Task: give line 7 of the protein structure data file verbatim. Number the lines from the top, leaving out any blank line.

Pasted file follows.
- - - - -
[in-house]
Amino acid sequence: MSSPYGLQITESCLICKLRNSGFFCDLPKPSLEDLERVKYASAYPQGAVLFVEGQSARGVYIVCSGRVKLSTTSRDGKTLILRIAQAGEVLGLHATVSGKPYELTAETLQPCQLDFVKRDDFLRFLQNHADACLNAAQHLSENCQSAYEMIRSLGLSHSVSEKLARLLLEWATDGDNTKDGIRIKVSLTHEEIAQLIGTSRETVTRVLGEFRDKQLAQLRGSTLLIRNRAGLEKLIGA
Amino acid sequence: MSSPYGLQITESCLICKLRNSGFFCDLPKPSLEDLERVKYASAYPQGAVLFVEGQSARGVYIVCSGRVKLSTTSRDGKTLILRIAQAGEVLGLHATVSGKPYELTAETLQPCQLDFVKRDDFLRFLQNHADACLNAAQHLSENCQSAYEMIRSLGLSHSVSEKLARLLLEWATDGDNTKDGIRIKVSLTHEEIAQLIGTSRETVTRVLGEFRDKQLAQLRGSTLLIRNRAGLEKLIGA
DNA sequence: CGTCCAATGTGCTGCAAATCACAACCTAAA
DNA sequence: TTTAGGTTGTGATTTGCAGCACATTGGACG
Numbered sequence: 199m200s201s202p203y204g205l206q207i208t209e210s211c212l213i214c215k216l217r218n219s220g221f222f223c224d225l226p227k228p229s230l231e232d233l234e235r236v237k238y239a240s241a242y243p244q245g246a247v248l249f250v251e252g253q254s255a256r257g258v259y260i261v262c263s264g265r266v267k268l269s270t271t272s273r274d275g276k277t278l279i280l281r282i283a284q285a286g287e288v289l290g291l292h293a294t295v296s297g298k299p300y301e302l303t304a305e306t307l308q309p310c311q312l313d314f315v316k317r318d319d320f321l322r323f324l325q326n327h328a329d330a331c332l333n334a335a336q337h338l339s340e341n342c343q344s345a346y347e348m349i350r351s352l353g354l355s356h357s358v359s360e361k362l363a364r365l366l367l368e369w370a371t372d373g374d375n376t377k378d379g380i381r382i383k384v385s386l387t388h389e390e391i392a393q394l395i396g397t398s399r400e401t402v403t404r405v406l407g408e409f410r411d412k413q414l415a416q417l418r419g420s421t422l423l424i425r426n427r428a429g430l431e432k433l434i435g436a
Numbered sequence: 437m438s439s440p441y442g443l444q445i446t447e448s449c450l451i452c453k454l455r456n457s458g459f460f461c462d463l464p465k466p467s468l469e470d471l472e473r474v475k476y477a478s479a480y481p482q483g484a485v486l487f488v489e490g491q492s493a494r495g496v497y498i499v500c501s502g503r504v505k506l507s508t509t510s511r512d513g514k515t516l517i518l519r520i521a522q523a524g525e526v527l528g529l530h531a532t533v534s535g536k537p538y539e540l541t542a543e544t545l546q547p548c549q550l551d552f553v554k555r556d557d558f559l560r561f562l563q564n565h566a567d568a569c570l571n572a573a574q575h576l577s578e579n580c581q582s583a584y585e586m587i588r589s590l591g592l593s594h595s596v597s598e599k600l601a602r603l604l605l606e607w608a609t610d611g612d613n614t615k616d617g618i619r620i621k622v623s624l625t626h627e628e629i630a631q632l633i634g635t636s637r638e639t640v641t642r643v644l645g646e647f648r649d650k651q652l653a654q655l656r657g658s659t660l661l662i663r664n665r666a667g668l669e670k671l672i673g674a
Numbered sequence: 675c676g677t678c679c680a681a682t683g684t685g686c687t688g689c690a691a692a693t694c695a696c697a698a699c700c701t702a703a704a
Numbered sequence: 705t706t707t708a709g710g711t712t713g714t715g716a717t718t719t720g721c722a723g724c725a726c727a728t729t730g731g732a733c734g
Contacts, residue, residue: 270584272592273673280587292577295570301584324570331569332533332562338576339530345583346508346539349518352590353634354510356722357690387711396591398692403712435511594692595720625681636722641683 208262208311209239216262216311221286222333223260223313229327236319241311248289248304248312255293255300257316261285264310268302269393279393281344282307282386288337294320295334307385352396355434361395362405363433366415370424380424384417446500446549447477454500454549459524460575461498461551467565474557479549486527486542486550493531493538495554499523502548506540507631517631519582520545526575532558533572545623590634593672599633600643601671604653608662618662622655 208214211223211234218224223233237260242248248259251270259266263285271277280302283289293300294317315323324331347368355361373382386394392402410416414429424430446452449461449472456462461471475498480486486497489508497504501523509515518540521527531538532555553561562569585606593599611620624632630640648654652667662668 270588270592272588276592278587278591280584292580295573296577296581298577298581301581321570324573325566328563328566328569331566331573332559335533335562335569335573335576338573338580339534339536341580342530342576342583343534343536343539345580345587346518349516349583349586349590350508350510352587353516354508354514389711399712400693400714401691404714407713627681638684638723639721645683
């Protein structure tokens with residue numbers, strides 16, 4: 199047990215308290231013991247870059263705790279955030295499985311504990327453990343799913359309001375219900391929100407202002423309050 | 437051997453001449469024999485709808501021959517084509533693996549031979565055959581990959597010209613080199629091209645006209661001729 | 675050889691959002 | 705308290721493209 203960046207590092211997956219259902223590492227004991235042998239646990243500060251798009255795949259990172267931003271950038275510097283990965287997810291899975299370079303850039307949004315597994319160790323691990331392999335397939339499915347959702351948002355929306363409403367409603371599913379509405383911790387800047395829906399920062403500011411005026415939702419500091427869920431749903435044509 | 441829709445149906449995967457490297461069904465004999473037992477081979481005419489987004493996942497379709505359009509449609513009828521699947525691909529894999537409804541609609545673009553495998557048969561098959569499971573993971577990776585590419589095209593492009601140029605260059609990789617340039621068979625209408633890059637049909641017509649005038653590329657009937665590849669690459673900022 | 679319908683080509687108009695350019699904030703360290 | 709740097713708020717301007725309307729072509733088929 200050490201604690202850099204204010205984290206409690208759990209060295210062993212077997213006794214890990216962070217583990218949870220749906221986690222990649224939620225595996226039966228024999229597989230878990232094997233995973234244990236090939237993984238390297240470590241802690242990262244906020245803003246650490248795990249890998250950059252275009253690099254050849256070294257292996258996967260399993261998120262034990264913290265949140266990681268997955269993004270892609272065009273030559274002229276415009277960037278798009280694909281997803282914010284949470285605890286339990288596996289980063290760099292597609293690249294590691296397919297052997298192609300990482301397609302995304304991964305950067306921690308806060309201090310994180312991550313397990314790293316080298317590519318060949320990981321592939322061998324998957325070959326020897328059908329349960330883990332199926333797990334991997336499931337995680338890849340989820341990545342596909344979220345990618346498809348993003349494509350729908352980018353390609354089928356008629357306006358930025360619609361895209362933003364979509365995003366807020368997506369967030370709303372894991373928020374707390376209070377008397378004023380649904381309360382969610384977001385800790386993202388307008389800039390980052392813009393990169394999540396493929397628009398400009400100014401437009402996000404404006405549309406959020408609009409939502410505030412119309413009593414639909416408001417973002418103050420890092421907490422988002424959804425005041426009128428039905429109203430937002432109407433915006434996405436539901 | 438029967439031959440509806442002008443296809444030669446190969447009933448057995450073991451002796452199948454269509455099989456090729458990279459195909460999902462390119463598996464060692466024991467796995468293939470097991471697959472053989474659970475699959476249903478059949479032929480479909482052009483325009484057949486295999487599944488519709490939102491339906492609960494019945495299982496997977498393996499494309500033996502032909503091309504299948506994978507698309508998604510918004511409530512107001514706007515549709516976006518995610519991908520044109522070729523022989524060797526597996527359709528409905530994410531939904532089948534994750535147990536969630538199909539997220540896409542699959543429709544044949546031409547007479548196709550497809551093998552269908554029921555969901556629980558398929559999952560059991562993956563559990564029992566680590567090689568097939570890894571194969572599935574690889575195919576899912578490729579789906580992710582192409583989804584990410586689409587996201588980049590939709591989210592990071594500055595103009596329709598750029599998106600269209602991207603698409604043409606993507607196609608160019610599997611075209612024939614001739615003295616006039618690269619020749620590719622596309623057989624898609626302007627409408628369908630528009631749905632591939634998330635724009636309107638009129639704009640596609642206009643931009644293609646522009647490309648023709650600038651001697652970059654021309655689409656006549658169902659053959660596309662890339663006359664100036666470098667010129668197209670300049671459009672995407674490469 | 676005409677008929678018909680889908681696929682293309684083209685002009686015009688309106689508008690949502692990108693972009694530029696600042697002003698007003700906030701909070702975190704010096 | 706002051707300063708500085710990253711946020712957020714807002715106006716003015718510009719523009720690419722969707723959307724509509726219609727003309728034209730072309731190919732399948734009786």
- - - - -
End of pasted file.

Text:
Numbered sequence: 437m438s439s440p441y442g443l444q445i446t447e448s449c450l451i452c453k454l455r456n457s458g459f460f461c462d463l464p465k466p467s468l469e470d471l472e473r474v475k476y477a478s479a480y481p482q483g484a485v486l487f488v489e490g491q492s493a494r495g496v497y498i499v500c501s502g503r504v505k506l507s508t509t510s511r512d513g514k515t516l517i518l519r520i521a522q523a524g525e526v527l528g529l530h531a532t533v534s535g536k537p538y539e540l541t542a543e544t545l546q547p548c549q550l551d552f553v554k555r556d557d558f559l560r561f562l563q564n565h566a567d568a569c570l571n572a573a574q575h576l577s578e579n580c581q582s583a584y585e586m587i588r589s590l591g592l593s594h595s596v597s598e599k600l601a602r603l604l605l606e607w608a609t610d611g612d613n614t615k616d617g618i619r620i621k622v623s624l625t626h627e628e629i630a631q632l633i634g635t636s637r638e639t640v641t642r643v644l645g646e647f648r649d650k651q652l653a654q655l656r657g658s659t660l661l662i663r664n665r666a667g668l669e670k671l672i673g674a